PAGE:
From the WSJ:
The quest for easy access at the Jersey Shore could be a thing of the past.
State regulators have proposed allowing every town to decide where—if anywhere—to provide parking, bathrooms and other necessities for families packing up and heading to the beach, frustrating people who were hoping for stricter policies that would force towns to accommodate sun-worshippers. Towns’ plans would need state approval.
It’s a reversal from a Corzine administration policy that tried to create standardized rules, such as requiring towns to provide round-the-clock parking and public facilities every half-mile. The state was paying for shore maintenance, and courts had ruled beaches are open to the public up to the high water mark.
But those rules were struck down in 2009 after the town of Avalon sued, and the New Jersey Department of Environmental Protection is trying a new approach.
State officials promise access will be the same, or better, and they say they’re frustrated with claims to the contrary. Towns will have the option to supplement statewide regulations that require new developments to have access points.
Still, some say it’s just wrong for towns to all but block beaches and waterways that belong to the public. It’s not simply about walkways or openings to the sand. In essence, parking and bathrooms contribute to truly open access, said Helen Henderson, a policy advocate with the American Littoral Society.
“That’s not something that the DEP can remove, any more than they can the right to free speech,” she said. “We have these fundamental rights that exist.”
Mr. Cantor said there were a handful of towns that people complain about: Sea Bright, Deal, Loveladies, Mantoloking and some sections of Long Branch. He said the state is working with those towns to create plans. Towns that don’t comply could face stricter and more expensive permitting, as well as be ineligible for applying for certain state funds. Some of those penalties are not in current regulations, but will be included soon, he said.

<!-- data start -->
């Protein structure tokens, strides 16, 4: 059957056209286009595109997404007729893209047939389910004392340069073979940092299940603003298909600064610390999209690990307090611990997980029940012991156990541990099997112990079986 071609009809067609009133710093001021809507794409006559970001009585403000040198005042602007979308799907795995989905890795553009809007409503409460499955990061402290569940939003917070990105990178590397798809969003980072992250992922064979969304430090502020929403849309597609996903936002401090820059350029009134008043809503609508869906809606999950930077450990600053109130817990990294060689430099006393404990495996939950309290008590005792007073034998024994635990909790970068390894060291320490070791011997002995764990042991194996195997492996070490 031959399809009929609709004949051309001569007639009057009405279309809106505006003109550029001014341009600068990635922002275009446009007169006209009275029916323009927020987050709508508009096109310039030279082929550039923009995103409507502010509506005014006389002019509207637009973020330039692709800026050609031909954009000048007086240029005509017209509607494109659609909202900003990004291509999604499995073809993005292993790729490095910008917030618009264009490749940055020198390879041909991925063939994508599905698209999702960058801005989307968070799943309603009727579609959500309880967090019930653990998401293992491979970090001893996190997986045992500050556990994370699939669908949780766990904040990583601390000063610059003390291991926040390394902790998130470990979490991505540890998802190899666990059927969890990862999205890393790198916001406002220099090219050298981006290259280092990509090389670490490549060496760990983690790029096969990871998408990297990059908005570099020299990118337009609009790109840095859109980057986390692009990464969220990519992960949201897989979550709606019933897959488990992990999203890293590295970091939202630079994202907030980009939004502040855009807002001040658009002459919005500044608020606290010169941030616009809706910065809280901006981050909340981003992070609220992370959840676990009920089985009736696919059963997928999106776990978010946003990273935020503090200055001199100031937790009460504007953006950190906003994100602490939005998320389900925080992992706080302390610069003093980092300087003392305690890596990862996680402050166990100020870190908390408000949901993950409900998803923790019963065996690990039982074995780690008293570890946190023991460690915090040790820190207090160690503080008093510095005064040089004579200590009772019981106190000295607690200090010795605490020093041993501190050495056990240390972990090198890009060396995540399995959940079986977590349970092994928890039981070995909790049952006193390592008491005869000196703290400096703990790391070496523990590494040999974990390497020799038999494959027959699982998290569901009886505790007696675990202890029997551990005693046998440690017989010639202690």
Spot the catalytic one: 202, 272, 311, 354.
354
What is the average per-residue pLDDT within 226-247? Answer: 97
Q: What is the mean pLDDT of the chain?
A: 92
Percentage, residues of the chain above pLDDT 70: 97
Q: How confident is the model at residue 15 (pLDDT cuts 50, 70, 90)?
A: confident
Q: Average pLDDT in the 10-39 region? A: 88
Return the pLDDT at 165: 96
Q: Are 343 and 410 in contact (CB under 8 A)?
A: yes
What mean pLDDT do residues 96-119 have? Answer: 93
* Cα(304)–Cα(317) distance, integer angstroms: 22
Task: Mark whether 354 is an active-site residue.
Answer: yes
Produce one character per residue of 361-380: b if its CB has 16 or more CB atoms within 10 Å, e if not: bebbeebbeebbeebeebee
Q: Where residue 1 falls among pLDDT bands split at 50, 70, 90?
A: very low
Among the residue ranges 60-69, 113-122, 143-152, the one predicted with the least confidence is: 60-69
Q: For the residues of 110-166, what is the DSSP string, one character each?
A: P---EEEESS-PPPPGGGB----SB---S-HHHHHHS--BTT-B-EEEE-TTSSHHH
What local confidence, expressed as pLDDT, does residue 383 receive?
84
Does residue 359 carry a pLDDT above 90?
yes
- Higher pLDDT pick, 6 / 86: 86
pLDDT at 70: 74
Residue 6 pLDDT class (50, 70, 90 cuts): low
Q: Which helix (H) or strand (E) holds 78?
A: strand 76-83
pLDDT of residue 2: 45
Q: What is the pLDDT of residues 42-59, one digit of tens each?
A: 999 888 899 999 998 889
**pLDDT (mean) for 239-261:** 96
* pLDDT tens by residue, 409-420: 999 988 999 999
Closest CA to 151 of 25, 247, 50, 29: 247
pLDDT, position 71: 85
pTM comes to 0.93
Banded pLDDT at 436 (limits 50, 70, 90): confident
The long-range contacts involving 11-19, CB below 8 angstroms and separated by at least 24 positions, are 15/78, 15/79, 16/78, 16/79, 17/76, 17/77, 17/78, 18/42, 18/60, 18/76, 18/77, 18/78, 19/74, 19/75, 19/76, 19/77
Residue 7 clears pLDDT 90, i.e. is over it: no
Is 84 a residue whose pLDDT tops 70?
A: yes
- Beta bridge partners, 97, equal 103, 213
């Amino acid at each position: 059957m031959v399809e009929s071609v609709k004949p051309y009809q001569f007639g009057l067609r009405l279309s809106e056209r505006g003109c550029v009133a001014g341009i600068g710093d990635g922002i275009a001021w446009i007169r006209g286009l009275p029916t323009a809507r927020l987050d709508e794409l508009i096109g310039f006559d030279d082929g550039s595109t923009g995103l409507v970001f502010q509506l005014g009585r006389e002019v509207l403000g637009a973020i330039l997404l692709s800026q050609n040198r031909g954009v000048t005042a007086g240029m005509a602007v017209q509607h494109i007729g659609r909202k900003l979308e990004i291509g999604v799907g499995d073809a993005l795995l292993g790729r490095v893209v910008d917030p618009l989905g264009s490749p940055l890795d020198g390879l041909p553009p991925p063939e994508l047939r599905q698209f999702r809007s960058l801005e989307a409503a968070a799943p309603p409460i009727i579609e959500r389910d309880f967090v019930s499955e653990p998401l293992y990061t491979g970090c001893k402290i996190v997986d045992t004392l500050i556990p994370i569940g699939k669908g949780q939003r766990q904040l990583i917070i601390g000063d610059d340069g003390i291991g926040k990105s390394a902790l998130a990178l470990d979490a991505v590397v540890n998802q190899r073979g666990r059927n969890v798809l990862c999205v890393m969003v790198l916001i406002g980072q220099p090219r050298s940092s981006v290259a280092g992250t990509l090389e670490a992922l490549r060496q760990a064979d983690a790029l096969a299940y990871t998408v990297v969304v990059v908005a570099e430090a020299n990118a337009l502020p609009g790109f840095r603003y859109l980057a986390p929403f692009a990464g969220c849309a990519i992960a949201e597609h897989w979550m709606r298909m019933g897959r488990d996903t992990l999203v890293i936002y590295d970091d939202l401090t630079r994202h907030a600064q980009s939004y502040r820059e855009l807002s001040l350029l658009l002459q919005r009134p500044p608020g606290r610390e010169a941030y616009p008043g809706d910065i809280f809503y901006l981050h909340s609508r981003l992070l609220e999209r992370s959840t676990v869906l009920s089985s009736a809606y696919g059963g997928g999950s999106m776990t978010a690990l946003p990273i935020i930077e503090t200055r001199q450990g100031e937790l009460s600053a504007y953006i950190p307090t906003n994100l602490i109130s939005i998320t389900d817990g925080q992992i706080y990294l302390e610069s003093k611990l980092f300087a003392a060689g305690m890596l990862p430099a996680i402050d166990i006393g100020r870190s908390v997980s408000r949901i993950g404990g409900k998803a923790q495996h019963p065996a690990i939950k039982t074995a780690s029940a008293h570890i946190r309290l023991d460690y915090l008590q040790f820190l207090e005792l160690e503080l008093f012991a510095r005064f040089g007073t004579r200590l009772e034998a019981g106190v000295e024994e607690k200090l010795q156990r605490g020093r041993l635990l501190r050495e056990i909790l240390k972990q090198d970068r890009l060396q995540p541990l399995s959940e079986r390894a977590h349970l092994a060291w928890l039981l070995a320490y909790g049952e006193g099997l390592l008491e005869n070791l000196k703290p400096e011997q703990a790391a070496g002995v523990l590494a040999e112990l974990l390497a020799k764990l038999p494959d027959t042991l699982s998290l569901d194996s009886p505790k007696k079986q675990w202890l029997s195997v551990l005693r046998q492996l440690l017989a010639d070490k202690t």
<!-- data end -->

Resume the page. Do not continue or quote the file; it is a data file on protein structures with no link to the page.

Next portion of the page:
That’s not good enough for Ms. Henderson.
“We don’t trust them, and we don’t trust the municipalities to do right by the people,” Ms. Henderson said. “That opportunity has been there in the past and it hasn’t been fulfilled.”
To some New Jersey beachgoers, it’s like getting sand kicked in their face.
A new proposal may allow individual shore towns to determine rules for beach access, and that means shore-lovers could get shut out of their favorite beaches, reports CBS 2′s Christine Sloan.
While people will have no problem lying out on the beach for this Memorial Day Weekend, environmentalists said that by the end of the summer, they may have a tougher time getting on the more exclusive beaches in New Jersey.
The state’s Department of Environmental Protection wants to relax rules, allowing shore towns to create their own beach access plans.
“The rule proposal gives more power to the towns, and we think it’s a mistake because historically, some towns – only a handful – have restricted beach access,” John Weber said.
Weber, who works with an organization called Surfrider that’s fighting the proposal, pointed to exclusive towns like Bay Head and Mantoloking. He said they’ve made it difficult to use their beaches by providing little parking, no bathrooms and excessive rules.
If the proposal goes through, Weber said, they could have more power to limit access.
Tourist Emily Wilson said she sees nothing wrong with that.
“It’s nice to have a sense of community, where you go on the beach and know it’s only your neighbors or people renting your neighbor’s house,” she said. “It keeps it nice and private.”